The Apolline Project has a special interest in Aeclanum and more broadly the entire area of Hirpinia, because the environmental model built for the environs of Vesuvius points to certain degrees of economic interdependence between the Campanian plains and the mountains of Samnium, thus Aeclanum works as an ideal control test for our theories. Similar to Pollena Trocchia and the North Slope of Vesuvius, Aeclanum and Hirpinia are ignored by the mainstream archaeology, which is still focused on Pompeii and Herculaneum, and thus this new chapter of the Apolline Project fuels our aim to shed light on previously ignored areas and to connect to the local population.
This is a fantastic and rare opportunity for any student who wants to develop an understanding of how an excavation starts, from the ground up. A combination of survey and excavation also provides a well-rounded archaeological experience. Join us this summer and be some of the first people in well over a millennium to experience the life of this ancient city.
The Summer fieldwork 2016 will take place from the 4th of July to the 30th of September and students can apply from a minimum of two weeks to the entire period. Further details on program and deadline is available at this page.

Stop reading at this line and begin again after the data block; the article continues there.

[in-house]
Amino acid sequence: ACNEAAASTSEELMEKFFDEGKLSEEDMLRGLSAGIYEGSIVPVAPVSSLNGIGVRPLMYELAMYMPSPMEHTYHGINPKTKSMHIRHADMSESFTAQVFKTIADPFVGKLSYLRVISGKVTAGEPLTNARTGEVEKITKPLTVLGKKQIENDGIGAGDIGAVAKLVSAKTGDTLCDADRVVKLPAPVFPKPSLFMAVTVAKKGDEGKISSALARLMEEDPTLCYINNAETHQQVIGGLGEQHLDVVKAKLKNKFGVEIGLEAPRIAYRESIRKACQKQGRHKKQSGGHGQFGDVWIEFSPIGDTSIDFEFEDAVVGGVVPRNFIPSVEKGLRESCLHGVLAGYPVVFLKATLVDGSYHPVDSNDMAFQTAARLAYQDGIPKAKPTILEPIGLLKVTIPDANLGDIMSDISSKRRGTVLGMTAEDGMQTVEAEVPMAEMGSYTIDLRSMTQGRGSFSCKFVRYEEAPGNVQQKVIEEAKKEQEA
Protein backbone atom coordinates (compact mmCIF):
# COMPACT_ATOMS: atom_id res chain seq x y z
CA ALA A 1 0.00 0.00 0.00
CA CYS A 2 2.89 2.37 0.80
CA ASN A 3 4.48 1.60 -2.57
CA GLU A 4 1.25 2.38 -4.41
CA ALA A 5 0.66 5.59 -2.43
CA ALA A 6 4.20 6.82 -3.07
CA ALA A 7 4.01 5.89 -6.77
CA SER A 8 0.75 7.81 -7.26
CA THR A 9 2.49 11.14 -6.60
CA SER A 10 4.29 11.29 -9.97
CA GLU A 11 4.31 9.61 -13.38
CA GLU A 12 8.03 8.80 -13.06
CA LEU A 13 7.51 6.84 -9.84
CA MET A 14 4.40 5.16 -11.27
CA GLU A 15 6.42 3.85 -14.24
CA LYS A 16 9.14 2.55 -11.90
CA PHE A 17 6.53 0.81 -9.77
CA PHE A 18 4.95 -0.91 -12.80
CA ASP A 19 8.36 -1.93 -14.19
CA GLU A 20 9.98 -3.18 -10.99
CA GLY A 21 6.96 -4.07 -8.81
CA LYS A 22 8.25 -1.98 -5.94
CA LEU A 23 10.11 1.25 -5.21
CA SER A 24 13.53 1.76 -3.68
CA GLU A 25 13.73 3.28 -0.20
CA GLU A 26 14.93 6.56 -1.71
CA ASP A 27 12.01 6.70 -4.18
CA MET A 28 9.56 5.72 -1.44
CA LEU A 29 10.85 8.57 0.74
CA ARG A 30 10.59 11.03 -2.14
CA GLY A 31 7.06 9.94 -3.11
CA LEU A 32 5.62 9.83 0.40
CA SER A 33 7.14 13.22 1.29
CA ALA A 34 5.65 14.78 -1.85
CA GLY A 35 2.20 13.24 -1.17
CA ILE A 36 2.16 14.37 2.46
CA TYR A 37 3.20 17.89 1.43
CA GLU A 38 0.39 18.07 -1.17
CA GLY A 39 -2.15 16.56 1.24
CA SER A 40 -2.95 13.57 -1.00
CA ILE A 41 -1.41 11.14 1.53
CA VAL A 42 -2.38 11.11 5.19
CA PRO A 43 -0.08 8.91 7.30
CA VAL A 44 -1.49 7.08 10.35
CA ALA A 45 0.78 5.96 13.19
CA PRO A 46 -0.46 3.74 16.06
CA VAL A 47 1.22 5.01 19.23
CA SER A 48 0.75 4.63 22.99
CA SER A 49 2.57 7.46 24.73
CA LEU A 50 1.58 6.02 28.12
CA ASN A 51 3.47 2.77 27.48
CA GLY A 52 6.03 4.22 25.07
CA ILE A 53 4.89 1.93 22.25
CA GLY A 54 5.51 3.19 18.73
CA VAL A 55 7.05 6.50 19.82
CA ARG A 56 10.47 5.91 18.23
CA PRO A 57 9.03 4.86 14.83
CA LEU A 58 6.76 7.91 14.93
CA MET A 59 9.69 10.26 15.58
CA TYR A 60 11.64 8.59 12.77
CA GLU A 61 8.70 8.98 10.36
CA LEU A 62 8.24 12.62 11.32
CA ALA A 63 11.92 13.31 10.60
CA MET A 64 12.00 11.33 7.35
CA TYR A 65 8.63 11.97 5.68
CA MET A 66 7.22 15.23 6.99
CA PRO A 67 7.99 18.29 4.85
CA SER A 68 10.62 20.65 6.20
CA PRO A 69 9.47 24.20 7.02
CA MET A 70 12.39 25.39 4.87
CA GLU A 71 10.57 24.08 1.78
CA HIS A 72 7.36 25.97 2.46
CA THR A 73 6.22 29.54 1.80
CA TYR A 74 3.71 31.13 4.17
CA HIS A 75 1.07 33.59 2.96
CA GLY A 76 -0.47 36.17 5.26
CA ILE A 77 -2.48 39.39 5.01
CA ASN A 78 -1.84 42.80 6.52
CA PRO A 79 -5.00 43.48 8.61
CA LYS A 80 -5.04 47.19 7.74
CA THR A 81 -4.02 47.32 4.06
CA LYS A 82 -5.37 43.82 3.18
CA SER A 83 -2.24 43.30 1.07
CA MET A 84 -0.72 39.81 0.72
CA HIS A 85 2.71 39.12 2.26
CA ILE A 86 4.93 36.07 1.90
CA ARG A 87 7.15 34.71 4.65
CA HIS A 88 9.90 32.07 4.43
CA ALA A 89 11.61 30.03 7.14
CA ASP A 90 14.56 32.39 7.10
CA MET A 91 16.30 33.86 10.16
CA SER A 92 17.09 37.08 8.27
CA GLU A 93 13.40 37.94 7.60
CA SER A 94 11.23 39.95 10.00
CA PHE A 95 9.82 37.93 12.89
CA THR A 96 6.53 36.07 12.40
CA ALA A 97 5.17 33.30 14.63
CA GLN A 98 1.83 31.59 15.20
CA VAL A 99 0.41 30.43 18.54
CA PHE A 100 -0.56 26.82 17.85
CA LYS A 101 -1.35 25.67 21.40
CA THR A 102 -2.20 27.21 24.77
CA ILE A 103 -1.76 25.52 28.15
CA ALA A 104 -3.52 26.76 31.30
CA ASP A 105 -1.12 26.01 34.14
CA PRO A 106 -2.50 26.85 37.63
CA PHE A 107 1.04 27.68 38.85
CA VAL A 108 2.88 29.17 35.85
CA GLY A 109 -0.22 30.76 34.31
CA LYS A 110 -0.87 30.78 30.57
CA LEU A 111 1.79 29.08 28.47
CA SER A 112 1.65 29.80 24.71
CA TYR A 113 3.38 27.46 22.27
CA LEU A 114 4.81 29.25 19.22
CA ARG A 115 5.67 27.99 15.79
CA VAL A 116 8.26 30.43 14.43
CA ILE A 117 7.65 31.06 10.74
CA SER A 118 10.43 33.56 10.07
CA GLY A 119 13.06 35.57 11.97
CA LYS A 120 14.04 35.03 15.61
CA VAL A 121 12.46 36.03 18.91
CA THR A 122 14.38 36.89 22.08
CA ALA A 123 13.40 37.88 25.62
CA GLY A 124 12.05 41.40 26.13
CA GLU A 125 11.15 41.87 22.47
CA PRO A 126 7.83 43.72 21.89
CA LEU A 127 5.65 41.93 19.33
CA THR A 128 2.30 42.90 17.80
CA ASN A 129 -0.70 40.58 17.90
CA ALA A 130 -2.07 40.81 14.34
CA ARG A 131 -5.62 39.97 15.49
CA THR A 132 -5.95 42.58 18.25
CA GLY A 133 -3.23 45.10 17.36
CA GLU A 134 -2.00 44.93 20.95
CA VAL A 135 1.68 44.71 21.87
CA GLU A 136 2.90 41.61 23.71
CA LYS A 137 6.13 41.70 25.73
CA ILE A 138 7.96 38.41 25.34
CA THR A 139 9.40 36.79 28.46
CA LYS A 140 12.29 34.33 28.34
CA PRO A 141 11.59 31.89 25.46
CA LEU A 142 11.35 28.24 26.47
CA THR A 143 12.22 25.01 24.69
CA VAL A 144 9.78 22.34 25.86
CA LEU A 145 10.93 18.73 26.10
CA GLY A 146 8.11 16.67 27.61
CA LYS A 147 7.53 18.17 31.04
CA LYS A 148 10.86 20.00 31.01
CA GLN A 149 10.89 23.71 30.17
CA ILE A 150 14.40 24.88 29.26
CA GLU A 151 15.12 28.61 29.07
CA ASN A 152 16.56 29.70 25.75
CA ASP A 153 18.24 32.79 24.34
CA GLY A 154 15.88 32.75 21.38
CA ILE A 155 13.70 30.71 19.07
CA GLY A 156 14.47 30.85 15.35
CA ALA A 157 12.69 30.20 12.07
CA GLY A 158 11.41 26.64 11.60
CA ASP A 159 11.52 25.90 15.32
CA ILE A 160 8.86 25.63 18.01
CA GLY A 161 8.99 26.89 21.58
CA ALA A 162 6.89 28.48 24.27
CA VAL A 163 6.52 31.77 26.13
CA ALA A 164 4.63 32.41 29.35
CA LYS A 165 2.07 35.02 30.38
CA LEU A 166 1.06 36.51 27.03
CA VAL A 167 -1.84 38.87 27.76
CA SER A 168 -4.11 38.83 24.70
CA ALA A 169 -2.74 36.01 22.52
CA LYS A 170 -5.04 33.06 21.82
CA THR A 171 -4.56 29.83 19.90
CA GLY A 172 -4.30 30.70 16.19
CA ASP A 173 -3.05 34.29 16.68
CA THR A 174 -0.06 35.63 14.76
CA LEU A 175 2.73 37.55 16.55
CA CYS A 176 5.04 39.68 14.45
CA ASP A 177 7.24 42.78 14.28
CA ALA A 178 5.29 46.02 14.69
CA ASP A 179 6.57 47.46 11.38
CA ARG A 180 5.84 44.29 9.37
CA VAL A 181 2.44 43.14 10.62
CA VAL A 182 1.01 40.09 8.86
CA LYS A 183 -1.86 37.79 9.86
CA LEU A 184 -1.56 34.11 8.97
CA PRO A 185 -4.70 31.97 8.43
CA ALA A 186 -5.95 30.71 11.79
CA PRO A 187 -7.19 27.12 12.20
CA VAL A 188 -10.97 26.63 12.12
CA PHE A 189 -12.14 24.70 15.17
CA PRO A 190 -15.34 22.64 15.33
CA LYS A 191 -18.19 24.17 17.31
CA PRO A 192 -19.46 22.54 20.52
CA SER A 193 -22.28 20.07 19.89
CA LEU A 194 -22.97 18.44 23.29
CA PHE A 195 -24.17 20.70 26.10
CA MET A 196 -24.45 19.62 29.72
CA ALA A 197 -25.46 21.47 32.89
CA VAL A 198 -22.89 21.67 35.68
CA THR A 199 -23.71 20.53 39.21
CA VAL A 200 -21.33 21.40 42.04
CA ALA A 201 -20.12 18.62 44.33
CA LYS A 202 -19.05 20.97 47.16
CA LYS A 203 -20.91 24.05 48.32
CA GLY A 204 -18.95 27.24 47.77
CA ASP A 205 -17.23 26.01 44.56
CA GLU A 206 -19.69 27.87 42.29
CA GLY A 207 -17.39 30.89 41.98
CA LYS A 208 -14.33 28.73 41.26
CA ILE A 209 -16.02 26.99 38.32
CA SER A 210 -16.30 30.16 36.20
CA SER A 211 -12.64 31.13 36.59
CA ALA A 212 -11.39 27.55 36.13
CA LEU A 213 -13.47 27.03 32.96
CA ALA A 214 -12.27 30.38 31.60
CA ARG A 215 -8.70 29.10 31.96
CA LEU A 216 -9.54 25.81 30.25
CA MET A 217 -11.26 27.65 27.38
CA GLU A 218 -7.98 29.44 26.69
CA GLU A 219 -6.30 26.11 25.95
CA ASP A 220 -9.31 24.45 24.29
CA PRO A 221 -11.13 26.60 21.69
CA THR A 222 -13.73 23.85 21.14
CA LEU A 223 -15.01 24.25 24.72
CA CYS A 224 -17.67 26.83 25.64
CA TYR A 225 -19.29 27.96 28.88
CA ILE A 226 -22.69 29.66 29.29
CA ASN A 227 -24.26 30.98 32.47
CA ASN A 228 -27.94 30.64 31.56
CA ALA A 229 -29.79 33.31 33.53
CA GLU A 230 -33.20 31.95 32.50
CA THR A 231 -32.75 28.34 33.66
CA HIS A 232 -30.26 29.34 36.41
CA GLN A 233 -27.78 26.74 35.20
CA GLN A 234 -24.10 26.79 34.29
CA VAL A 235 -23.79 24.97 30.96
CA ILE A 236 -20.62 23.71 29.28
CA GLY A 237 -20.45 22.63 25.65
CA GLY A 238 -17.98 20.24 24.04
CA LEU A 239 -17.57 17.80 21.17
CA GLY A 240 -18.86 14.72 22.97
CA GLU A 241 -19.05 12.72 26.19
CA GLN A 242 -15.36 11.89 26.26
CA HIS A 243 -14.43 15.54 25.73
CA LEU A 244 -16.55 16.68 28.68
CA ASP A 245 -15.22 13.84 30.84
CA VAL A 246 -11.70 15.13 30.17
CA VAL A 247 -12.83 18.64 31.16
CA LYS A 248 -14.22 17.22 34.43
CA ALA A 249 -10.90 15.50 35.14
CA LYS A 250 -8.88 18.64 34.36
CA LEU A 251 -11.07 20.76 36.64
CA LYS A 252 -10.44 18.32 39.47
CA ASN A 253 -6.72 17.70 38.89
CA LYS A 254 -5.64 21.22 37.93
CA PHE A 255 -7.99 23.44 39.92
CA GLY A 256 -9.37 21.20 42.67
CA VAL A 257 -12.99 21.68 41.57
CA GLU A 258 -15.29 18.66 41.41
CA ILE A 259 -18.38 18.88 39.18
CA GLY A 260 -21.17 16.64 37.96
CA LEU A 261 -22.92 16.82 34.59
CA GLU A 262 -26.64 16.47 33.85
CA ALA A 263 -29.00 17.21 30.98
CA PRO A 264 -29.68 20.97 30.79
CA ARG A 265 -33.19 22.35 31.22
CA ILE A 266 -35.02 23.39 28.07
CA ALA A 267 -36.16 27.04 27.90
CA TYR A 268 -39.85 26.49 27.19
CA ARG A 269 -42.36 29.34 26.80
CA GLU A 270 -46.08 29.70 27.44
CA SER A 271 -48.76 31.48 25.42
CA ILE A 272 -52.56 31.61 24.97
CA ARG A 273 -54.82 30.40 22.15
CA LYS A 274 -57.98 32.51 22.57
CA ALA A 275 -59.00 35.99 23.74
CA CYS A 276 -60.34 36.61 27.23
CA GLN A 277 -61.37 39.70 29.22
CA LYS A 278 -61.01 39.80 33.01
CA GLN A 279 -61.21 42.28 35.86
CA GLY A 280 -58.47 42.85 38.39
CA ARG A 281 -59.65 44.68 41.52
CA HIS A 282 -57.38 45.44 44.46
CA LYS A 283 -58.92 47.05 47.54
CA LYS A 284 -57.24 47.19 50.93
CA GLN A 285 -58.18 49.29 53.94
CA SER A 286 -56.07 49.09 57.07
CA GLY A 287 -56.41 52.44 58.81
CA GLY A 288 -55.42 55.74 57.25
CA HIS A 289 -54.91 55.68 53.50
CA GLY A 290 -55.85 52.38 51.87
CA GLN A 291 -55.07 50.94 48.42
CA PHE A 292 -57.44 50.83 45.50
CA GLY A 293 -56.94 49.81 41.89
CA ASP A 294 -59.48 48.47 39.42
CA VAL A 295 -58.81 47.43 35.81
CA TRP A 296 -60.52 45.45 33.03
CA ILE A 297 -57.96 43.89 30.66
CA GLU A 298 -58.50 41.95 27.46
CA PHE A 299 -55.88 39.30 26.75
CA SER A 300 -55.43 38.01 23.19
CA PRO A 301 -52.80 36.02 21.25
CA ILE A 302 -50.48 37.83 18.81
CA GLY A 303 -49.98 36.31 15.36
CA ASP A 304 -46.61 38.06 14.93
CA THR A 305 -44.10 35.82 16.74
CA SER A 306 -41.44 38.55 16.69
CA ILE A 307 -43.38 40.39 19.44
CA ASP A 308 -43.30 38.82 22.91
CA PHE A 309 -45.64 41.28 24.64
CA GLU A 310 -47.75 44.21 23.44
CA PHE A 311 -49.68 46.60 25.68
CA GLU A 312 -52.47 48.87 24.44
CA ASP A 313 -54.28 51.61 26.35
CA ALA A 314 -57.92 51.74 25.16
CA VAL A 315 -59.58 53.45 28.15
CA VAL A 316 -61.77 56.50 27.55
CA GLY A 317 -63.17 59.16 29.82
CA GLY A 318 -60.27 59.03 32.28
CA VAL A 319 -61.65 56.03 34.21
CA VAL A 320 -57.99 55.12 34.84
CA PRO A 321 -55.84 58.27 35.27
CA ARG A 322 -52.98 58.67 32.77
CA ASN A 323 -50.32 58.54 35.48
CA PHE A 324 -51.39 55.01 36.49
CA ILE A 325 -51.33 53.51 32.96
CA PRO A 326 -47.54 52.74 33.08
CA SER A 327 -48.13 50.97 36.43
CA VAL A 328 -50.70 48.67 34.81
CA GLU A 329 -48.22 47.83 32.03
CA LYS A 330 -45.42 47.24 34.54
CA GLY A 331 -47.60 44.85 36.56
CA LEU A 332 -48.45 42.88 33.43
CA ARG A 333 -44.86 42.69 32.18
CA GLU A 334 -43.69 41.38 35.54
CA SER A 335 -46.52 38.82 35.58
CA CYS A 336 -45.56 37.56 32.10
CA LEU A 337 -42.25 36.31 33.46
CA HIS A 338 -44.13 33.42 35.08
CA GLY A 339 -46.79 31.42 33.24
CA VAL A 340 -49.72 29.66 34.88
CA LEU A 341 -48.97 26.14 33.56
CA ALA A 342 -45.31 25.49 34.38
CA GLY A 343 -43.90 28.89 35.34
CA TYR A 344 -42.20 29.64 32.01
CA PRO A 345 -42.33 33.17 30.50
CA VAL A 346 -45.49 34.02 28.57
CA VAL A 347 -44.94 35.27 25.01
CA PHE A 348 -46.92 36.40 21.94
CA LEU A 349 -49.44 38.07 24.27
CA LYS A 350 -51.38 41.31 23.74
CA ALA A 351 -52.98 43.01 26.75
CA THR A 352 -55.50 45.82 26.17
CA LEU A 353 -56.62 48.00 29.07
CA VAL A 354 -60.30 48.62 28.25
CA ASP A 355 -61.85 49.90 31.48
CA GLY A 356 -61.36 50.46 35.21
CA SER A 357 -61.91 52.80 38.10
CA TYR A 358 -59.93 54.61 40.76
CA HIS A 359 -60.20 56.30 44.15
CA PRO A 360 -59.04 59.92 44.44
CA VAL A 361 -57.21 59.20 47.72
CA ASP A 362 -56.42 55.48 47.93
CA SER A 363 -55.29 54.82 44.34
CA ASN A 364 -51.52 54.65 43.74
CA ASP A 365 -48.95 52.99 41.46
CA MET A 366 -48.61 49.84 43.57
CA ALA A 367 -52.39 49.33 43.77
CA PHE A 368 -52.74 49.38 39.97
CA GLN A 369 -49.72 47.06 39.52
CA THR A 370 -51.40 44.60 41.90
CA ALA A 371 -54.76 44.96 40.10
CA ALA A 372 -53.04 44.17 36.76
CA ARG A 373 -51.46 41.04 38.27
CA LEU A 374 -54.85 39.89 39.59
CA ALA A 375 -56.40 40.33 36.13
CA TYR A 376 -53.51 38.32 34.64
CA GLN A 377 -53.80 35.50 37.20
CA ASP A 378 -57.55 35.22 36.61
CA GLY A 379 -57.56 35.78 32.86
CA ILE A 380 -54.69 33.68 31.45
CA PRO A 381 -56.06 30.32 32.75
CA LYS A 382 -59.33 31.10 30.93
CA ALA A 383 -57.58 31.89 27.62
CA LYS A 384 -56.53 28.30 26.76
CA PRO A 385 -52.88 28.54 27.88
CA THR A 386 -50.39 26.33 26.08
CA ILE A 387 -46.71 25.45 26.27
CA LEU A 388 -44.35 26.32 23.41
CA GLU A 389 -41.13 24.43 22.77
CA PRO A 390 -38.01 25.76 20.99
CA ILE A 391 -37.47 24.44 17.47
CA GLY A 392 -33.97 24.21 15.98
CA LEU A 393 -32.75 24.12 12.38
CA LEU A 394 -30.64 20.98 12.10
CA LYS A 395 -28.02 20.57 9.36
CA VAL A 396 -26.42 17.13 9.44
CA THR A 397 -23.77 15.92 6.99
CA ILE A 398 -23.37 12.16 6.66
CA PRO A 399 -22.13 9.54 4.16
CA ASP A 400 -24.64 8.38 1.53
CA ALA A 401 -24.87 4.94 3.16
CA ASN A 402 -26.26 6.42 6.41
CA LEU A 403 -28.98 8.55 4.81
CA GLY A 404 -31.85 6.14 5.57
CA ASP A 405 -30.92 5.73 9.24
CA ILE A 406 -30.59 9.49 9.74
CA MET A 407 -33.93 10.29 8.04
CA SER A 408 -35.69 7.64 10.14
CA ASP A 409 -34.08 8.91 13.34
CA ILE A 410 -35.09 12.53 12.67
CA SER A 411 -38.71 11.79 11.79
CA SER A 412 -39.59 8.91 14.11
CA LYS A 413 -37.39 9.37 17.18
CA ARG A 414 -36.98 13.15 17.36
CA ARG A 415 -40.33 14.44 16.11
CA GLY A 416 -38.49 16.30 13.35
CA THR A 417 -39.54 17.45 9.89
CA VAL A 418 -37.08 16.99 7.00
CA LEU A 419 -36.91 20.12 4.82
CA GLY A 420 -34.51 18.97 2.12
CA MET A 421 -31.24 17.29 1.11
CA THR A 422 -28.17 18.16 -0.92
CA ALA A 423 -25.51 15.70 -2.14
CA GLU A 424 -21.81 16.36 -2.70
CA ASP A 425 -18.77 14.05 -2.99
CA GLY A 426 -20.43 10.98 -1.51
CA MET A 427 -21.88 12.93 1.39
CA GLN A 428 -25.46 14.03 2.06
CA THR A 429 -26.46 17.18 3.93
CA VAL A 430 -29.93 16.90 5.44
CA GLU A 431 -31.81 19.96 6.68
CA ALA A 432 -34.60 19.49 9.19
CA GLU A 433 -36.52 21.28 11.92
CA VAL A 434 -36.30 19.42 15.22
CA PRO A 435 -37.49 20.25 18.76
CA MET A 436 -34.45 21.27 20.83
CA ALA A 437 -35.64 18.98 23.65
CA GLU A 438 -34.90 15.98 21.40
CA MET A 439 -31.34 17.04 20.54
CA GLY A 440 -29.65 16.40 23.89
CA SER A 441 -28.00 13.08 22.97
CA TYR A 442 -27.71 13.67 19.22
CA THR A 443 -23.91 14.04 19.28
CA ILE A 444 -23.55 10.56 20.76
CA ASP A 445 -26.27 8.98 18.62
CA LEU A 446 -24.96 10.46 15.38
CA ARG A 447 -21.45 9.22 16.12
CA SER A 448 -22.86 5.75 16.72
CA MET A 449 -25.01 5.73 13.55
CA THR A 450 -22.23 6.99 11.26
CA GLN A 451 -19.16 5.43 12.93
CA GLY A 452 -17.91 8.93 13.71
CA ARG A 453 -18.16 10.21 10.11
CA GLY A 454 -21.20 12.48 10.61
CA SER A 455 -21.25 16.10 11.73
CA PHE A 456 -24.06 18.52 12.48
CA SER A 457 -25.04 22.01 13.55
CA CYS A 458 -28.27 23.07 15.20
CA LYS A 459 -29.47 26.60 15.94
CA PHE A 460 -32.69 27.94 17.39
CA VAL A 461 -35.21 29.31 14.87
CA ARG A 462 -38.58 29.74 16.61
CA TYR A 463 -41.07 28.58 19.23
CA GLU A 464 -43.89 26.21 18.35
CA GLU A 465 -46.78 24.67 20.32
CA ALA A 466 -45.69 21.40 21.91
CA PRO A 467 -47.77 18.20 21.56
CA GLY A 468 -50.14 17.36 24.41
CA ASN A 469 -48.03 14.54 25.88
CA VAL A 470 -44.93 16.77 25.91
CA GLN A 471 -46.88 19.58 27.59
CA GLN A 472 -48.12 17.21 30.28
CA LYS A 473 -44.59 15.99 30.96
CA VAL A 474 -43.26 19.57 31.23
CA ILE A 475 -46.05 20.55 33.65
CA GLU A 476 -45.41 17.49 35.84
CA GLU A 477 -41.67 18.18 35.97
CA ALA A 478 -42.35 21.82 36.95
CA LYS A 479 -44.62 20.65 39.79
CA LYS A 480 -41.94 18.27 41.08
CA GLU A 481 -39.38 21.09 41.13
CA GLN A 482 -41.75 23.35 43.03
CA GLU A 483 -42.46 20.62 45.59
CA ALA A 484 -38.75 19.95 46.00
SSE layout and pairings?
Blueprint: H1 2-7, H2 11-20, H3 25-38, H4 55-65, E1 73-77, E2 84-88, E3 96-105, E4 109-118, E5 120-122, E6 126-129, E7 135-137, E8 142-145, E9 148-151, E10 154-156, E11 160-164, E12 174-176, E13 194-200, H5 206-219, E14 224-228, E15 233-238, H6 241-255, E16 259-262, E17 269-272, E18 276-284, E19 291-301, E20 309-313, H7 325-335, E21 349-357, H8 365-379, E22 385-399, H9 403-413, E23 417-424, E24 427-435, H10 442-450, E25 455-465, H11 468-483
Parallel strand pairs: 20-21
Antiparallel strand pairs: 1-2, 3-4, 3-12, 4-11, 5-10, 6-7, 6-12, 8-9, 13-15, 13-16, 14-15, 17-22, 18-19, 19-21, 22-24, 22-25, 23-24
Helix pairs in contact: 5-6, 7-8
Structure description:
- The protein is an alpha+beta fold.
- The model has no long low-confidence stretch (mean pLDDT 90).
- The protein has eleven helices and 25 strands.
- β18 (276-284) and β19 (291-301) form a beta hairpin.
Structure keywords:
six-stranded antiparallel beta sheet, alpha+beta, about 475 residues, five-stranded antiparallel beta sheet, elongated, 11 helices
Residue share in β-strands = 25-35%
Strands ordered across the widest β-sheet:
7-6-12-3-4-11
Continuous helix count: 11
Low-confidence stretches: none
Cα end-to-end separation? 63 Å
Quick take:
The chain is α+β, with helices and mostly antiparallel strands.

The Study of the Human Bones: for those interested in learning how to interpret a historic skeletal assemblage, the Apolline Project is offering two-week intensive boot camps in physical anthropology. Students will be instructed and immersed in the practical application of techniques used to correctly analyse human remains and will play an integral role in helping to better understand the previously unstudied collection (a minimum of about 60 individuals) of Pernosano. In general, days will begin with a formal lecture, followed by practical learning on the human remains.
The next workshop will take place from June 6th to 17th and July 4th to 15th; further details on program and deadline is available at this page.